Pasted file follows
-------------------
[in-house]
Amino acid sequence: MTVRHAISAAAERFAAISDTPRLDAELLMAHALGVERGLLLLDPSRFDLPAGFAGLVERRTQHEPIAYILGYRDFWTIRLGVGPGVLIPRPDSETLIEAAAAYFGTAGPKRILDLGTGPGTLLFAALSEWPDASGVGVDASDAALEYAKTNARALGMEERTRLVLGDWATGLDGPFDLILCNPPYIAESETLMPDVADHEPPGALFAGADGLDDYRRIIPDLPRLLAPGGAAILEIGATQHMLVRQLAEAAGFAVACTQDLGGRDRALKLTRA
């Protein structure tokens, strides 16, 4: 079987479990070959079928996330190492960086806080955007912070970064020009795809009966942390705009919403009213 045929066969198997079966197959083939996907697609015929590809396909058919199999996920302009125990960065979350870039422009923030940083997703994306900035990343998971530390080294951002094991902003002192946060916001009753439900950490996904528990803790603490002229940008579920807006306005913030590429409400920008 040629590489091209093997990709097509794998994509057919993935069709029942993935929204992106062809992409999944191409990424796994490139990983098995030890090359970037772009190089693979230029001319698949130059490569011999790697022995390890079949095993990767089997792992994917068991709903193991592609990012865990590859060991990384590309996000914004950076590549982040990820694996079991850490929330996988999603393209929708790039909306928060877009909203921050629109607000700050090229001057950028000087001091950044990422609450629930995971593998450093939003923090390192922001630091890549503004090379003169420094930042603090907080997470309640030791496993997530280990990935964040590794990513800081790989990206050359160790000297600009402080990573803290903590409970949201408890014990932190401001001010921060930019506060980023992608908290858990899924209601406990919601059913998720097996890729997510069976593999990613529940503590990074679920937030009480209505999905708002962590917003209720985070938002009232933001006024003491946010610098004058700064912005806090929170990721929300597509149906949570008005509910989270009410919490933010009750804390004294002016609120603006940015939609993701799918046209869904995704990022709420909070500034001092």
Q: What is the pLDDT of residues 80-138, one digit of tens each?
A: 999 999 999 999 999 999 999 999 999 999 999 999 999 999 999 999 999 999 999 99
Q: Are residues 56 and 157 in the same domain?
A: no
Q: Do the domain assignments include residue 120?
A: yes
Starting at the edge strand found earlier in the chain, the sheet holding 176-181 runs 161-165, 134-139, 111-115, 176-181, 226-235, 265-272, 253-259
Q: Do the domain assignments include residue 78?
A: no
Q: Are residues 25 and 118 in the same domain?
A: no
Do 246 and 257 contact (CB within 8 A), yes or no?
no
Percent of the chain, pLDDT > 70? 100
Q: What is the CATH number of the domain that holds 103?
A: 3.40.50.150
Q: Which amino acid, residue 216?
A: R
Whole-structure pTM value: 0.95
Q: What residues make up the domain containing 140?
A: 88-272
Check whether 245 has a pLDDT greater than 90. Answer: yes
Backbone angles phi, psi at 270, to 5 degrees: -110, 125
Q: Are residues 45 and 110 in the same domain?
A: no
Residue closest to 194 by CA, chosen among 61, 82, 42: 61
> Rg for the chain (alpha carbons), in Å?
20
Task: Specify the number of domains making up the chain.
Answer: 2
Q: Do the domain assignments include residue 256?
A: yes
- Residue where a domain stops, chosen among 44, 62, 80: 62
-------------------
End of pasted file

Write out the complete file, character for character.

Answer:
[in-house]
Amino acid sequence: MTVRHAISAAAERFAAISDTPRLDAELLMAHALGVERGLLLLDPSRFDLPAGFAGLVERRTQHEPIAYILGYRDFWTIRLGVGPGVLIPRPDSETLIEAAAAYFGTAGPKRILDLGTGPGTLLFAALSEWPDASGVGVDASDAALEYAKTNARALGMEERTRLVLGDWATGLDGPFDLILCNPPYIAESETLMPDVADHEPPGALFAGADGLDDYRRIIPDLPRLLAPGGAAILEIGATQHMLVRQLAEAAGFAVACTQDLGGRDRALKLTRA
């Protein structure tokens, strides 16, 4: 079987479990070959079928996330190492960086806080955007912070970064020009795809009966942390705009919403009213 045929066969198997079966197959083939996907697609015929590809396909058919199999996920302009125990960065979350870039422009923030940083997703994306900035990343998971530390080294951002094991902003002192946060916001009753439900950490996904528990803790603490002229940008579920807006306005913030590429409400920008 040629590489091209093997990709097509794998994509057919993935069709029942993935929204992106062809992409999944191409990424796994490139990983098995030890090359970037772009190089693979230029001319698949130059490569011999790697022995390890079949095993990767089997792992994917068991709903193991592609990012865990590859060991990384590309996000914004950076590549982040990820694996079991850490929330996988999603393209929708790039909306928060877009909203921050629109607000700050090229001057950028000087001091950044990422609450629930995971593998450093939003923090390192922001630091890549503004090379003169420094930042603090907080997470309640030791496993997530280990990935964040590794990513800081790989990206050359160790000297600009402080990573803290903590409970949201408890014990932190401001001010921060930019506060980023992608908290858990899924209601406990919601059913998720097996890729997510069976593999990613529940503590990074679920937030009480209505999905708002962590917003209720985070938002009232933001006024003491946010610098004058700064912005806090929170990721929300597509149906949570008005509910989270009410919490933010009750804390004294002016609120603006940015939609993701799918046209869904995704990022709420909070500034001092």
Q: What is the pLDDT of residues 80-138, one digit of tens each?
A: 999 999 999 999 999 999 999 999 999 999 999 999 999 999 999 999 999 999 999 99
Q: Are residues 56 and 157 in the same domain?
A: no
Q: Do the domain assignments include residue 120?
A: yes
Starting at the edge strand found earlier in the chain, the sheet holding 176-181 runs 161-165, 134-139, 111-115, 176-181, 226-235, 265-272, 253-259
Q: Do the domain assignments include residue 78?
A: no
Q: Are residues 25 and 118 in the same domain?
A: no
Do 246 and 257 contact (CB within 8 A), yes or no?
no
Percent of the chain, pLDDT > 70? 100
Q: What is the CATH number of the domain that holds 103?
A: 3.40.50.150
Q: Which amino acid, residue 216?
A: R
Whole-structure pTM value: 0.95
Q: What residues make up the domain containing 140?
A: 88-272
Check whether 245 has a pLDDT greater than 90. Answer: yes
Backbone angles phi, psi at 270, to 5 degrees: -110, 125
Q: Are residues 45 and 110 in the same domain?
A: no
Residue closest to 194 by CA, chosen among 61, 82, 42: 61
> Rg for the chain (alpha carbons), in Å?
20
Task: Specify the number of domains making up the chain.
Answer: 2
Q: Do the domain assignments include residue 256?
A: yes
- Residue where a domain stops, chosen among 44, 62, 80: 62